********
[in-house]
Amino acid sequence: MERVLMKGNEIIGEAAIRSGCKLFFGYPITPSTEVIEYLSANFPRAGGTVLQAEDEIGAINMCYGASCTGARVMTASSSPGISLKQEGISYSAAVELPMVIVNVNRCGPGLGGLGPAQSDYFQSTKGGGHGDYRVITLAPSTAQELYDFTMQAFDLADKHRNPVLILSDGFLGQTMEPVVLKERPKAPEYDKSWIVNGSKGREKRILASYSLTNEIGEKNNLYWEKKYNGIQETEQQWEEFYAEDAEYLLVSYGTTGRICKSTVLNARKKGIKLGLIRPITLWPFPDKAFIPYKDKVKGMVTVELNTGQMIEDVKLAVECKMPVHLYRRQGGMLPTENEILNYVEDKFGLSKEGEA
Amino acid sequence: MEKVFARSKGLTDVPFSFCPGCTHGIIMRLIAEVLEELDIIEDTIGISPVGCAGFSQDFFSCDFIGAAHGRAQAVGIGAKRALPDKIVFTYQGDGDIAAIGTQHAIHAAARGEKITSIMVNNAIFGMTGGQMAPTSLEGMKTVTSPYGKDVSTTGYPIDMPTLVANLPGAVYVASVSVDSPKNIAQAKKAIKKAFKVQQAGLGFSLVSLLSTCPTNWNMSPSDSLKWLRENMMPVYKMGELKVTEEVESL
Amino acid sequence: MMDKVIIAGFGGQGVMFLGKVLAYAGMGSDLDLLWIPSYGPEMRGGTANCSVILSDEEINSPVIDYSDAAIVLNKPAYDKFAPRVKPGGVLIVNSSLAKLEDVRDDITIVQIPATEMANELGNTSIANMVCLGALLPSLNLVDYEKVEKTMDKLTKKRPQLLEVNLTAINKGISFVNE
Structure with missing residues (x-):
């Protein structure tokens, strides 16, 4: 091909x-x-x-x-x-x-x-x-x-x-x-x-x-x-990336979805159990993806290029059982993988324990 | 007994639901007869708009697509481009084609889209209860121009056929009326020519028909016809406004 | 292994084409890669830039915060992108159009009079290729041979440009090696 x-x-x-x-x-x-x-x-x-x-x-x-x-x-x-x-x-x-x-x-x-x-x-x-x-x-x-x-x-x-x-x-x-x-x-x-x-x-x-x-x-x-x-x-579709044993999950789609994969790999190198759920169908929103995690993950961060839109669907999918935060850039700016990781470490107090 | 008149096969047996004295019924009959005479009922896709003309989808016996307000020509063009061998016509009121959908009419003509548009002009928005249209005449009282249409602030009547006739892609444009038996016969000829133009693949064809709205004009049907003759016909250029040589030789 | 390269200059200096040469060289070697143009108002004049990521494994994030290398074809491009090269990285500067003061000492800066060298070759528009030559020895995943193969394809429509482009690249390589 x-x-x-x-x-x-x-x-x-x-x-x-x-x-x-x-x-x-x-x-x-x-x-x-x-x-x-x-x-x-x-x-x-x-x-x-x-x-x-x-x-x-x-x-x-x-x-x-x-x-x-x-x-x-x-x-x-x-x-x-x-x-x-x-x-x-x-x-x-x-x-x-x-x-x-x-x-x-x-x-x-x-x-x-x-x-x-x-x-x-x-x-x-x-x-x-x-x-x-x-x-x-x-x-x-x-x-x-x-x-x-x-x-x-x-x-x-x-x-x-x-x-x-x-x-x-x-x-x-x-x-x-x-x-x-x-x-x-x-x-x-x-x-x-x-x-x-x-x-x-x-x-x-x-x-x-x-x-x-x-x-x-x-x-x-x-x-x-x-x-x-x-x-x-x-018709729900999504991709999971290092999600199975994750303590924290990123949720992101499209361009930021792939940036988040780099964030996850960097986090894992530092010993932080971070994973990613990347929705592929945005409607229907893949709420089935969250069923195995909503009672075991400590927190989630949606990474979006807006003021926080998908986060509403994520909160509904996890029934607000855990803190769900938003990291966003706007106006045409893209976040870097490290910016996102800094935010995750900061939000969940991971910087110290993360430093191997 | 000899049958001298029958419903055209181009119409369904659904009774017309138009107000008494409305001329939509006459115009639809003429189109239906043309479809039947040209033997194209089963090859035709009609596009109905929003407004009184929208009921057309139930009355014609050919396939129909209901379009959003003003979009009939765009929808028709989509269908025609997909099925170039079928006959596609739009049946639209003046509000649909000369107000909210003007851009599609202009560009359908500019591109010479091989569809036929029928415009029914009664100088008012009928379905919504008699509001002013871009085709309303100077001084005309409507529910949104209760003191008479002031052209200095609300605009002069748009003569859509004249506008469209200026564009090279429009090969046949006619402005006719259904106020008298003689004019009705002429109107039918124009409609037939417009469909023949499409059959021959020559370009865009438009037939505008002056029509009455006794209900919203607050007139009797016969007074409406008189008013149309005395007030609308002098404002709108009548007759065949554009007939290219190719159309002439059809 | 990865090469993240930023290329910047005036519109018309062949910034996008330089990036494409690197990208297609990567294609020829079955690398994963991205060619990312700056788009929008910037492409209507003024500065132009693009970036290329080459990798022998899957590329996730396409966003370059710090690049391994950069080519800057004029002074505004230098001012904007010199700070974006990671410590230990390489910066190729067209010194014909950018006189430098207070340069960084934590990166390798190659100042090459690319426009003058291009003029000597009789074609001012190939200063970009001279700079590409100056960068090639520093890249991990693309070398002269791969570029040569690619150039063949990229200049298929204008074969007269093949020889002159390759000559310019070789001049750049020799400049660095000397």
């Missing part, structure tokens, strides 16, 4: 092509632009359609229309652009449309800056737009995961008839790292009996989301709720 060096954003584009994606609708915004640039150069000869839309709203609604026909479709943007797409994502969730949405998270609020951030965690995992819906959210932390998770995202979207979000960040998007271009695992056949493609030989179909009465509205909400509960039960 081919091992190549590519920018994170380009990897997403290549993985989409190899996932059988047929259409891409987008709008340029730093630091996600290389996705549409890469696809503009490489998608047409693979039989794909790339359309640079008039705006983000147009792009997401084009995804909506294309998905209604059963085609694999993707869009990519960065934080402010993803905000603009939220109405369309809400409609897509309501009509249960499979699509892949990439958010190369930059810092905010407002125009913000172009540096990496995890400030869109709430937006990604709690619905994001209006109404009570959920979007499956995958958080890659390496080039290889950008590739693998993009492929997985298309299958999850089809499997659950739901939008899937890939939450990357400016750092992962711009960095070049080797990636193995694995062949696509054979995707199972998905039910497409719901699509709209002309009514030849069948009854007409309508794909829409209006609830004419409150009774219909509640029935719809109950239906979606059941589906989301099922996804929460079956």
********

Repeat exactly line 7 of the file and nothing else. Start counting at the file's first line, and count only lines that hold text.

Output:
């Missing part, structure tokens, strides 16, 4: 092509632009359609229309652009449309800056737009995961008839790292009996989301709720 060096954003584009994606609708915004640039150069000869839309709203609604026909479709943007797409994502969730949405998270609020951030965690995992819906959210932390998770995202979207979000960040998007271009695992056949493609030989179909009465509205909400509960039960 081919091992190549590519920018994170380009990897997403290549993985989409190899996932059988047929259409891409987008709008340029730093630091996600290389996705549409890469696809503009490489998608047409693979039989794909790339359309640079008039705006983000147009792009997401084009995804909506294309998905209604059963085609694999993707869009990519960065934080402010993803905000603009939220109405369309809400409609897509309501009509249960499979699509892949990439958010190369930059810092905010407002125009913000172009540096990496995890400030869109709430937006990604709690619905994001209006109404009570959920979007499956995958958080890659390496080039290889950008590739693998993009492929997985298309299958999850089809499997659950739901939008899937890939939450990357400016750092992962711009960095070049080797990636193995694995062949696509054979995707199972998905039910497409719901699509709209002309009514030849069948009854007409309508794909829409209006609830004419409150009774219909509640029935719809109950239906979606059941589906989301099922996804929460079956």